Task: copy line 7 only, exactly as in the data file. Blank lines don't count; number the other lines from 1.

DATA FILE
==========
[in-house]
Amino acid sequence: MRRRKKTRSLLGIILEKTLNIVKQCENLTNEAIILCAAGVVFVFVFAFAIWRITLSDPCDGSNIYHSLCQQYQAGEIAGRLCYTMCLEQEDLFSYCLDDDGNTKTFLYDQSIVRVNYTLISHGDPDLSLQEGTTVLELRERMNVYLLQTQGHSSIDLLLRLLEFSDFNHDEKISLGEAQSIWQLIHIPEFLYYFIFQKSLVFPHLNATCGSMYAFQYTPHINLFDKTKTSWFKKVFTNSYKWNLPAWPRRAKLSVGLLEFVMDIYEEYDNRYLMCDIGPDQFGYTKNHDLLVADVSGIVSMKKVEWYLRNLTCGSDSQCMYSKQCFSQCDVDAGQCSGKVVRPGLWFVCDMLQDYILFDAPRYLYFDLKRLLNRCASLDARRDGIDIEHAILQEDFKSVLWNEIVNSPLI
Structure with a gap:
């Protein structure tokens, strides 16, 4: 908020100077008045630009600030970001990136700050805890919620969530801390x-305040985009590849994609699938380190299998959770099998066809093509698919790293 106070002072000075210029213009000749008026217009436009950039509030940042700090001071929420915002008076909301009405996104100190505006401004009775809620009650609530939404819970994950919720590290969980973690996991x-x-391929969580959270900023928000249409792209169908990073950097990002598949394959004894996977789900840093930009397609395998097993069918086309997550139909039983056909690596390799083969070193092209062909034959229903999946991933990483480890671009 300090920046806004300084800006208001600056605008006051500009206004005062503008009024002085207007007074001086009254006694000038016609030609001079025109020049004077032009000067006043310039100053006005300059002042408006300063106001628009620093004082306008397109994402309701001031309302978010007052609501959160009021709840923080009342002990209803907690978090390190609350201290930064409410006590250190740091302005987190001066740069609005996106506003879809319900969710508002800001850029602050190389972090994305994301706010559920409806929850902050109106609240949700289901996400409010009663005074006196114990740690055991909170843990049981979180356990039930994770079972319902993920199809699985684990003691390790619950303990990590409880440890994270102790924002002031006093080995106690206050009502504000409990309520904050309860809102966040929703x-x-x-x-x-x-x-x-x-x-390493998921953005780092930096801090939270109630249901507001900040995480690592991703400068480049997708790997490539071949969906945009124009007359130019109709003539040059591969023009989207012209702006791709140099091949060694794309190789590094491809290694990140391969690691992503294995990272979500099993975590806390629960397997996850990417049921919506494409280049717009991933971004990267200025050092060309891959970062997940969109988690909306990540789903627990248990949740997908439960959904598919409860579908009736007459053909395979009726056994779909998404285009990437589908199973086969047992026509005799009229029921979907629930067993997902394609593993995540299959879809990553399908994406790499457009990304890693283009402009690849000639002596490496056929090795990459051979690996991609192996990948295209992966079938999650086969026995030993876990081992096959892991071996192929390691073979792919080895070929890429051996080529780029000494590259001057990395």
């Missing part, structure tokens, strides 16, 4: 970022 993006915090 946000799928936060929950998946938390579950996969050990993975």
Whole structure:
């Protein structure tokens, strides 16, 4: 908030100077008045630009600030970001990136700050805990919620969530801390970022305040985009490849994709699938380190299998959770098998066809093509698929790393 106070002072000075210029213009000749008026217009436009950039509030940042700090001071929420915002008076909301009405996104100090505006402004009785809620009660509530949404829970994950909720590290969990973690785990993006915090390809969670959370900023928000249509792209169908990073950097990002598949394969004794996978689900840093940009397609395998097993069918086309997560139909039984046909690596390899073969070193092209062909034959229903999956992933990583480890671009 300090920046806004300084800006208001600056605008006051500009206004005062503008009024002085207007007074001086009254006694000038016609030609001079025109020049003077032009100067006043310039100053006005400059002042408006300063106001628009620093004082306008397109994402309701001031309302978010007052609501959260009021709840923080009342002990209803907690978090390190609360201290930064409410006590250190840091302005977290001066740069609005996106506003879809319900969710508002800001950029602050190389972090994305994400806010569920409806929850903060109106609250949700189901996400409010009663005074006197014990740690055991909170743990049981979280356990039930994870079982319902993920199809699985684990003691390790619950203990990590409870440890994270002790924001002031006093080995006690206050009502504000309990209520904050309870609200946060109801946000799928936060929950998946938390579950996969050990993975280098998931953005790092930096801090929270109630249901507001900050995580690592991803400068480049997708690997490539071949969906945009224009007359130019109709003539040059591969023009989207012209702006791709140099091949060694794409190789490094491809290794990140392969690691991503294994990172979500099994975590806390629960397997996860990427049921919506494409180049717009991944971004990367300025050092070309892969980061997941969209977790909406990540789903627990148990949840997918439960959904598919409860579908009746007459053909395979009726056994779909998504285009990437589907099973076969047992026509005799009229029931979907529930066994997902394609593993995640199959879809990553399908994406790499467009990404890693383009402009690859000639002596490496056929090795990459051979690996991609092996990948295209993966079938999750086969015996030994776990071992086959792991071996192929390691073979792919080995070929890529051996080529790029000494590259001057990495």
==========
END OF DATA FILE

């Protein structure tokens, strides 16, 4: 908030100077008045630009600030970001990136700050805990919620969530801390970022305040985009490849994709699938380190299998959770098998066809093509698929790393 106070002072000075210029213009000749008026217009436009950039509030940042700090001071929420915002008076909301009405996104100090505006402004009785809620009660509530949404829970994950909720590290969990973690785990993006915090390809969670959370900023928000249509792209169908990073950097990002598949394969004794996978689900840093940009397609395998097993069918086309997560139909039984046909690596390899073969070193092209062909034959229903999956992933990583480890671009 300090920046806004300084800006208001600056605008006051500009206004005062503008009024002085207007007074001086009254006694000038016609030609001079025109020049003077032009100067006043310039100053006005400059002042408006300063106001628009620093004082306008397109994402309701001031309302978010007052609501959260009021709840923080009342002990209803907690978090390190609360201290930064409410006590250190840091302005977290001066740069609005996106506003879809319900969710508002800001950029602050190389972090994305994400806010569920409806929850903060109106609250949700189901996400409010009663005074006197014990740690055991909170743990049981979280356990039930994870079982319902993920199809699985684990003691390790619950203990990590409870440890994270002790924001002031006093080995006690206050009502504000309990209520904050309870609200946060109801946000799928936060929950998946938390579950996969050990993975280098998931953005790092930096801090929270109630249901507001900050995580690592991803400068480049997708690997490539071949969906945009224009007359130019109709003539040059591969023009989207012209702006791709140099091949060694794409190789490094491809290794990140392969690691991503294994990172979500099994975590806390629960397997996860990427049921919506494409180049717009991944971004990367300025050092070309892969980061997941969209977790909406990540789903627990148990949840997918439960959904598919409860579908009746007459053909395979009726056994779909998504285009990437589907099973076969047992026509005799009229029931979907529930066994997902394609593993995640199959879809990553399908994406790499467009990404890693383009402009690859000639002596490496056929090795990459051979690996991609092996990948295209993966079938999750086969015996030994776990071992086959792991071996192929390691073979792919080995070929890529051996080529790029000494590259001057990495």